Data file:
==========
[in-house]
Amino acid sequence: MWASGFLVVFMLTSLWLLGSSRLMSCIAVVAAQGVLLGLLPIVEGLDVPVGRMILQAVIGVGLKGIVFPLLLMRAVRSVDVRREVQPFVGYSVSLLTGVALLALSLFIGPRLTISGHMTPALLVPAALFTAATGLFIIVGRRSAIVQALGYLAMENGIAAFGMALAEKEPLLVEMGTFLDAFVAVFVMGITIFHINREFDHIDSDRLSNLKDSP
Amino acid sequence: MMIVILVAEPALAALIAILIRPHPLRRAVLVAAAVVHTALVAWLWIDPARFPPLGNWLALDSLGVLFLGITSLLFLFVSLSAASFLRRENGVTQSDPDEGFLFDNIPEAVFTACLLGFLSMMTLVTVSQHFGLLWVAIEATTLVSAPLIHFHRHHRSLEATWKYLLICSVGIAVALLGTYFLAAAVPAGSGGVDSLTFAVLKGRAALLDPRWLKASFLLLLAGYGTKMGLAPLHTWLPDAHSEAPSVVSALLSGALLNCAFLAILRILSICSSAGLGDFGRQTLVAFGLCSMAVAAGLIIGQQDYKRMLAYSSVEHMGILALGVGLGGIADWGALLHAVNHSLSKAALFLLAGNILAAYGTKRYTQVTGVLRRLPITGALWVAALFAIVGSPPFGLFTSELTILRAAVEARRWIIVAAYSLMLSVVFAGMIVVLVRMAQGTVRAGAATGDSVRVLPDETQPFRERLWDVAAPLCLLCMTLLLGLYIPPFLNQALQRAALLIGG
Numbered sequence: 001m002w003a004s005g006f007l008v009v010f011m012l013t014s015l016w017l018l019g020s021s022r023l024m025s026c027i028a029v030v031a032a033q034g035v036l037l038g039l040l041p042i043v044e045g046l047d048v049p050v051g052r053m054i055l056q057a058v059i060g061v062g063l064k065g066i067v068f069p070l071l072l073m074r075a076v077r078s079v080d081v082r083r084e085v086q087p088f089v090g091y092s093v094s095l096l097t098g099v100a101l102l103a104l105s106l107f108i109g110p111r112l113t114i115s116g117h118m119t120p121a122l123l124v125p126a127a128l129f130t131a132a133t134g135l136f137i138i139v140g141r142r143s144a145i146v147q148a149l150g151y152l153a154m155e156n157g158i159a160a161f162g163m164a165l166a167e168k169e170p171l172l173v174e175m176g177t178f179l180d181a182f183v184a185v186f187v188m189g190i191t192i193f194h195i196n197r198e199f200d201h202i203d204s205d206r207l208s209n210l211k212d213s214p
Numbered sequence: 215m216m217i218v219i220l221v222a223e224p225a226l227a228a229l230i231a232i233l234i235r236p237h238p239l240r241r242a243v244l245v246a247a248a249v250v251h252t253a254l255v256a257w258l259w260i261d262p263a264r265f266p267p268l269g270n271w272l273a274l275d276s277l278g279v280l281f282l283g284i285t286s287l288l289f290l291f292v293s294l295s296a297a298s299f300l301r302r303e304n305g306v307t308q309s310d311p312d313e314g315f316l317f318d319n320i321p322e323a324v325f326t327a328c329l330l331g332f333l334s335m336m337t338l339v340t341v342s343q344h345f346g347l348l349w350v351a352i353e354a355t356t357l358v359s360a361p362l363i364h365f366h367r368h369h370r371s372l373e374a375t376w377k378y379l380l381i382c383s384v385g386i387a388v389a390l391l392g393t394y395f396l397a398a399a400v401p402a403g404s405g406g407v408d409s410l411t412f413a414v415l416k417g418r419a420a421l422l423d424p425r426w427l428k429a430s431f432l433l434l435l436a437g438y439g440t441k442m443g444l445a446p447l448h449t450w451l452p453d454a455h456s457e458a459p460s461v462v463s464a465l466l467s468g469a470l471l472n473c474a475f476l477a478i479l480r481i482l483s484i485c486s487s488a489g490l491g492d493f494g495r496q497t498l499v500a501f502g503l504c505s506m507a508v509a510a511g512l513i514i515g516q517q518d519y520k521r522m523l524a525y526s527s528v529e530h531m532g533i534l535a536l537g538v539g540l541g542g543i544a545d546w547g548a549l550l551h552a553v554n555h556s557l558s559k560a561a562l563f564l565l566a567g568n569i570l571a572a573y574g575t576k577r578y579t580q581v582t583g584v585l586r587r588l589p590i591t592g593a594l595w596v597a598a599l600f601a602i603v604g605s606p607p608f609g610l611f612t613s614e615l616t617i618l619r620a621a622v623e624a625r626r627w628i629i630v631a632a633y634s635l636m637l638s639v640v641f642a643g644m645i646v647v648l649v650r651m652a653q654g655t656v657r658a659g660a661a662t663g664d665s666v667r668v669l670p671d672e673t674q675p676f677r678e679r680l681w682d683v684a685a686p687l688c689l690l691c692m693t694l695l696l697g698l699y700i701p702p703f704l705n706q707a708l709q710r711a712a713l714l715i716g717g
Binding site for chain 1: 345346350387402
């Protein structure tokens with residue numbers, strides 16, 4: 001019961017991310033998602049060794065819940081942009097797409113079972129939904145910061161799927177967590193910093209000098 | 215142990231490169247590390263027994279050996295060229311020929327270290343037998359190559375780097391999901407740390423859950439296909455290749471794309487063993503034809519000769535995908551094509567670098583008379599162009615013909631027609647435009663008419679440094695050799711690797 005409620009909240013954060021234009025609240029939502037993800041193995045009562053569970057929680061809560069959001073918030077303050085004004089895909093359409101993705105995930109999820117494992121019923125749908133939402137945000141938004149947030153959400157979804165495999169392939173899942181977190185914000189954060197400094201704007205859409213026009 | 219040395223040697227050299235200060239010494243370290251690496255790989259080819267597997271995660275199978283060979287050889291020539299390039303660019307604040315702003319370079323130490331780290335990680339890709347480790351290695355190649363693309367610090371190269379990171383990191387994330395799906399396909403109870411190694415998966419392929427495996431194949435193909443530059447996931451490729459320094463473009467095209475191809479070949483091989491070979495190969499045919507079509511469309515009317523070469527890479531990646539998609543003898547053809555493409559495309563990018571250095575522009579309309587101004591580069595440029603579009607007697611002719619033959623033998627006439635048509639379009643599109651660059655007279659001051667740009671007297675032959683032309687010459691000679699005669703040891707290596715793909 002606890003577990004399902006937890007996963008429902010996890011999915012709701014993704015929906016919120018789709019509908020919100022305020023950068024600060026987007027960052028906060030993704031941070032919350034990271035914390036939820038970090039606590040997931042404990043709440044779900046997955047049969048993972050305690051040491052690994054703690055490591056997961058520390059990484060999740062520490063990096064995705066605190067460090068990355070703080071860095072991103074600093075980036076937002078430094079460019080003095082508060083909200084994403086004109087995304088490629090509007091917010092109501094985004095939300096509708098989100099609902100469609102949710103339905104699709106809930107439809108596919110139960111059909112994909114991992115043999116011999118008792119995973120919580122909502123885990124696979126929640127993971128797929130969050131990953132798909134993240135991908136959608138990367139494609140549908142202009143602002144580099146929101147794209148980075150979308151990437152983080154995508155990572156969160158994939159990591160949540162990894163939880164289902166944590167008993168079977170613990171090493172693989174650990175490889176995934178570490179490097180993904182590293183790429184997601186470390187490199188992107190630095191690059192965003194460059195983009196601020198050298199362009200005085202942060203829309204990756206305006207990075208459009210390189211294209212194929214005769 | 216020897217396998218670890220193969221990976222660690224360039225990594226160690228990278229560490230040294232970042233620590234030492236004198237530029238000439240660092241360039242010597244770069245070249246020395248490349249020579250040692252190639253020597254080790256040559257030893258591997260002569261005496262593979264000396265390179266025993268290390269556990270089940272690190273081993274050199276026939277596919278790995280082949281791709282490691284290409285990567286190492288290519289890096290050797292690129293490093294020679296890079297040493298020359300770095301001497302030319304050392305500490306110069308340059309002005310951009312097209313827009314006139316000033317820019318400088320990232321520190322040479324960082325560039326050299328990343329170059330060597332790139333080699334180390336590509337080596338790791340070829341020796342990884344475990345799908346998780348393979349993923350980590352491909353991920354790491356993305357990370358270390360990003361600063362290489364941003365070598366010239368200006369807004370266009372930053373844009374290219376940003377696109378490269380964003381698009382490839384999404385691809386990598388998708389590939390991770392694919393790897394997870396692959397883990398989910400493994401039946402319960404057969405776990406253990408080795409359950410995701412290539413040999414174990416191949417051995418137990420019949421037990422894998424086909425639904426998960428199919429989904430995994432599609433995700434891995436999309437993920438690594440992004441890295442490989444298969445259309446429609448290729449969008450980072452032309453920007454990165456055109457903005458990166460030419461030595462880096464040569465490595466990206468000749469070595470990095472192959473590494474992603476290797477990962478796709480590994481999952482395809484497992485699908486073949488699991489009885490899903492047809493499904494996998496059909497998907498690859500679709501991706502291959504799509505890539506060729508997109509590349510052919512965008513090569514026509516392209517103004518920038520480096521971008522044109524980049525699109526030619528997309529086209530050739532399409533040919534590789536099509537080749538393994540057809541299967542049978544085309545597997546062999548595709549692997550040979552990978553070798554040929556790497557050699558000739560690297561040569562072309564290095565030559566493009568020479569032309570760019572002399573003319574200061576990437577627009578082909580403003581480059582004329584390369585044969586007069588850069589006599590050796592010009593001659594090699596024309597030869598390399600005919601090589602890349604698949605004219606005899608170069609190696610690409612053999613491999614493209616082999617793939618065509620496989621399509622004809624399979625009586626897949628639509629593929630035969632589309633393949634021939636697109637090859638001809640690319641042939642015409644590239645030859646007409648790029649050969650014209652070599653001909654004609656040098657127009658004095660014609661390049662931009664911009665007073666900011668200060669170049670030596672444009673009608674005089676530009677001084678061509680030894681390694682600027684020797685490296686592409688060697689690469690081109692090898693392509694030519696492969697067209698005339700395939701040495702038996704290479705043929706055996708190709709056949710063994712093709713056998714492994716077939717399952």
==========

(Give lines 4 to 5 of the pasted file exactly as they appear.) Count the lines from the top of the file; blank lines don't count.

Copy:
Numbered sequence: 001m002w003a004s005g006f007l008v009v010f011m012l013t014s015l016w017l018l019g020s021s022r023l024m025s026c027i028a029v030v031a032a033q034g035v036l037l038g039l040l041p042i043v044e045g046l047d048v049p050v051g052r053m054i055l056q057a058v059i060g061v062g063l064k065g066i067v068f069p070l071l072l073m074r075a076v077r078s079v080d081v082r083r084e085v086q087p088f089v090g091y092s093v094s095l096l097t098g099v100a101l102l103a104l105s106l107f108i109g110p111r112l113t114i115s116g117h118m119t120p121a122l123l124v125p126a127a128l129f130t131a132a133t134g135l136f137i138i139v140g141r142r143s144a145i146v147q148a149l150g151y152l153a154m155e156n157g158i159a160a161f162g163m164a165l166a167e168k169e170p171l172l173v174e175m176g177t178f179l180d181a182f183v184a185v186f187v188m189g190i191t192i193f194h195i196n197r198e199f200d201h202i203d204s205d206r207l208s209n210l211k212d213s214p
Numbered sequence: 215m216m217i218v219i220l221v222a223e224p225a226l227a228a229l230i231a232i233l234i235r236p237h238p239l240r241r242a243v244l245v246a247a248a249v250v251h252t253a254l255v256a257w258l259w260i261d262p263a264r265f266p267p268l269g270n271w272l273a274l275d276s277l278g279v280l281f282l283g284i285t286s287l288l289f290l291f292v293s294l295s296a297a298s299f300l301r302r303e304n305g306v307t308q309s310d311p312d313e314g315f316l317f318d319n320i321p322e323a324v325f326t327a328c329l330l331g332f333l334s335m336m337t338l339v340t341v342s343q344h345f346g347l348l349w350v351a352i353e354a355t356t357l358v359s360a361p362l363i364h365f366h367r368h369h370r371s372l373e374a375t376w377k378y379l380l381i382c383s384v385g386i387a388v389a390l391l392g393t394y395f396l397a398a399a400v401p402a403g404s405g406g407v408d409s410l411t412f413a414v415l416k417g418r419a420a421l422l423d424p425r426w427l428k429a430s431f432l433l434l435l436a437g438y439g440t441k442m443g444l445a446p447l448h449t450w451l452p453d454a455h456s457e458a459p460s461v462v463s464a465l466l467s468g469a470l471l472n473c474a475f476l477a478i479l480r481i482l483s484i485c486s487s488a489g490l491g492d493f494g495r496q497t498l499v500a501f502g503l504c505s506m507a508v509a510a511g512l513i514i515g516q517q518d519y520k521r522m523l524a525y526s527s528v529e530h531m532g533i534l535a536l537g538v539g540l541g542g543i544a545d546w547g548a549l550l551h552a553v554n555h556s557l558s559k560a561a562l563f564l565l566a567g568n569i570l571a572a573y574g575t576k577r578y579t580q581v582t583g584v585l586r587r588l589p590i591t592g593a594l595w596v597a598a599l600f601a602i603v604g605s606p607p608f609g610l611f612t613s614e615l616t617i618l619r620a621a622v623e624a625r626r627w628i629i630v631a632a633y634s635l636m637l638s639v640v641f642a643g644m645i646v647v648l649v650r651m652a653q654g655t656v657r658a659g660a661a662t663g664d665s666v667r668v669l670p671d672e673t674q675p676f677r678e679r680l681w682d683v684a685a686p687l688c689l690l691c692m693t694l695l696l697g698l699y700i701p702p703f704l705n706q707a708l709q710r711a712a713l714l715i716g717g